Male vocalisations have an important role in mating tactics, breeding strategies and sexual selection. Most studies of vocalisations are concentrated on the time and frequency domains, while the intensity of sound, an important acoustic parameter that should be related to body size, is almost completely ignored as a possible honest signal of resource holding potential (RHP) and cue for mate choice. In this paper, we analyse the repeatability, the correlations with age and size, and the relationship with breeding status of source level (SL) of male vocalisations in the two species of elephant seals (Mirounga leonina and M. angustirostris). We found a high repeatability of SL, equal or higher than the repeatability of frequency domain parameters estimated in a previous study. Southern elephant seal males were significantly larger and produce significantly more powerful vocalisations than northern males. Moreover, in each species SL was related to age, body size, and breeding status of males, but relationships were weak and accounted for just a small proportion of SL variance. We conclude that, although SL may be an honest signal of gross differences of RHP, it is not, by itself, a good candidate for the transmission of high-resolution information on individual phenotype. A combination of SL and frequency components could be, on the contrary, an effective way to communicate RHP.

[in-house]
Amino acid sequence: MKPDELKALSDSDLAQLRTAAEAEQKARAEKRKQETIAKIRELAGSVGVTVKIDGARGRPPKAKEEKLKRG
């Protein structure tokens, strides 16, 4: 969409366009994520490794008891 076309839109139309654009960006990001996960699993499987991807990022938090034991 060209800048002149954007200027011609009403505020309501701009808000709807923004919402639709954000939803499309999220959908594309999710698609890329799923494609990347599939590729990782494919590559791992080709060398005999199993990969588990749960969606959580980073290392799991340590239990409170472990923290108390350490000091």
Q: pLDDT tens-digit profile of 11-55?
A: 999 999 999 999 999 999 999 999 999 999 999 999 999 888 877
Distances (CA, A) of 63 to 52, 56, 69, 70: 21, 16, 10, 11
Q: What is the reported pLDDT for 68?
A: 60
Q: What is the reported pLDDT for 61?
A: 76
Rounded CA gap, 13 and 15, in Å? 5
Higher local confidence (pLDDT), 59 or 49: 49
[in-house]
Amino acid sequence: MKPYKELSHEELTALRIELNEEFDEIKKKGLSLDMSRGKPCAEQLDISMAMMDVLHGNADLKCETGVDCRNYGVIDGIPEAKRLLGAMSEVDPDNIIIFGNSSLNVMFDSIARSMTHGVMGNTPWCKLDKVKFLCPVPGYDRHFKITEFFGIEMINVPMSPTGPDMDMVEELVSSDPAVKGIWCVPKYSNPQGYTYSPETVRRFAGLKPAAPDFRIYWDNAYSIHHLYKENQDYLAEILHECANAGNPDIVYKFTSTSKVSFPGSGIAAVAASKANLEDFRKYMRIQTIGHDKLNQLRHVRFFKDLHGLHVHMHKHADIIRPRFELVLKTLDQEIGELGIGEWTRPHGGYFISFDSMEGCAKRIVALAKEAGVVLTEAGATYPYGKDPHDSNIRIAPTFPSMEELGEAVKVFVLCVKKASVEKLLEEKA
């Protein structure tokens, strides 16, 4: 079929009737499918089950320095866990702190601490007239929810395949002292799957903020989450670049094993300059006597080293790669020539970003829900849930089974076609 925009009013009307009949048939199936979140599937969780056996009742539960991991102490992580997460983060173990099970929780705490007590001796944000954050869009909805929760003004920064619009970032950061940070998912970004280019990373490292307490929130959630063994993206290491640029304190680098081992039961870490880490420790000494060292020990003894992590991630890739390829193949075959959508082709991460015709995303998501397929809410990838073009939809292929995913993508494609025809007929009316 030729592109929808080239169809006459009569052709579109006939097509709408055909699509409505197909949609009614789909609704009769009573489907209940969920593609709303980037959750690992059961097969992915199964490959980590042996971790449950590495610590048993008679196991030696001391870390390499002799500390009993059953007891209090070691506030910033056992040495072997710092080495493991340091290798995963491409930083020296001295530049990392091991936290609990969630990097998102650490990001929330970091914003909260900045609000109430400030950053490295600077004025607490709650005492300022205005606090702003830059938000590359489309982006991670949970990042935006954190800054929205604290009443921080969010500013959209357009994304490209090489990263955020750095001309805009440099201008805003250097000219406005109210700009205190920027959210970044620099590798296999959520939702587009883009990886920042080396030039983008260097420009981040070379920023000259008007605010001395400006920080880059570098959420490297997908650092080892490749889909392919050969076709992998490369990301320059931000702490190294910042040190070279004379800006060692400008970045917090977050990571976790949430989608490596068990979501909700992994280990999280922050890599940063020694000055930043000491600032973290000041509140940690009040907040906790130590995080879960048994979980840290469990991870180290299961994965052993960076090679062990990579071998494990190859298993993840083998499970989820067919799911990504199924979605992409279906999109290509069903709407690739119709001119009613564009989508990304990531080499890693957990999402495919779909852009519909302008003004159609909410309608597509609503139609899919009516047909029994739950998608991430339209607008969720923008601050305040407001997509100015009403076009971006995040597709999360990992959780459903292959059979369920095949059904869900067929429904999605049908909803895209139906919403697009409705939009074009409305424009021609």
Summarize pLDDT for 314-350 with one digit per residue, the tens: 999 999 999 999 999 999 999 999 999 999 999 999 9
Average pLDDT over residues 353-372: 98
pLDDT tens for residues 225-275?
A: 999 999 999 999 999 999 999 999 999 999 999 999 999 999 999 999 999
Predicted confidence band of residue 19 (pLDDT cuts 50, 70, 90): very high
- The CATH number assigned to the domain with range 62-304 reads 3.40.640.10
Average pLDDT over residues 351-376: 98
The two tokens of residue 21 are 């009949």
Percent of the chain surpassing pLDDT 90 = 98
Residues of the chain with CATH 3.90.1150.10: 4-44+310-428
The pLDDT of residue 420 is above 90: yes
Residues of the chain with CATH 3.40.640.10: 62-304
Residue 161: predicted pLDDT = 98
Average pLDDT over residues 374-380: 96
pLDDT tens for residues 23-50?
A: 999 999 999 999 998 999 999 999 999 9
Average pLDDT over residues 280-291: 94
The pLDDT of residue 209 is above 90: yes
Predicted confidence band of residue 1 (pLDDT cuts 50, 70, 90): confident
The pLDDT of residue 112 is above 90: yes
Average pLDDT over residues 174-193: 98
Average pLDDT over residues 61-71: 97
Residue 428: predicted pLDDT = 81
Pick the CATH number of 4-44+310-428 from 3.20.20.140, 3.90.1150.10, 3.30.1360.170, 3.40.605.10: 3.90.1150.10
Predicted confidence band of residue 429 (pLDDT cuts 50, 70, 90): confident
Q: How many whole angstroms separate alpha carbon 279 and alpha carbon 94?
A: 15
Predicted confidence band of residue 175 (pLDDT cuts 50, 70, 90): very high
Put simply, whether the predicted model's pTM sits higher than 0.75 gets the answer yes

male vocalisations, source level, honest signals, elephant seals, Mirounga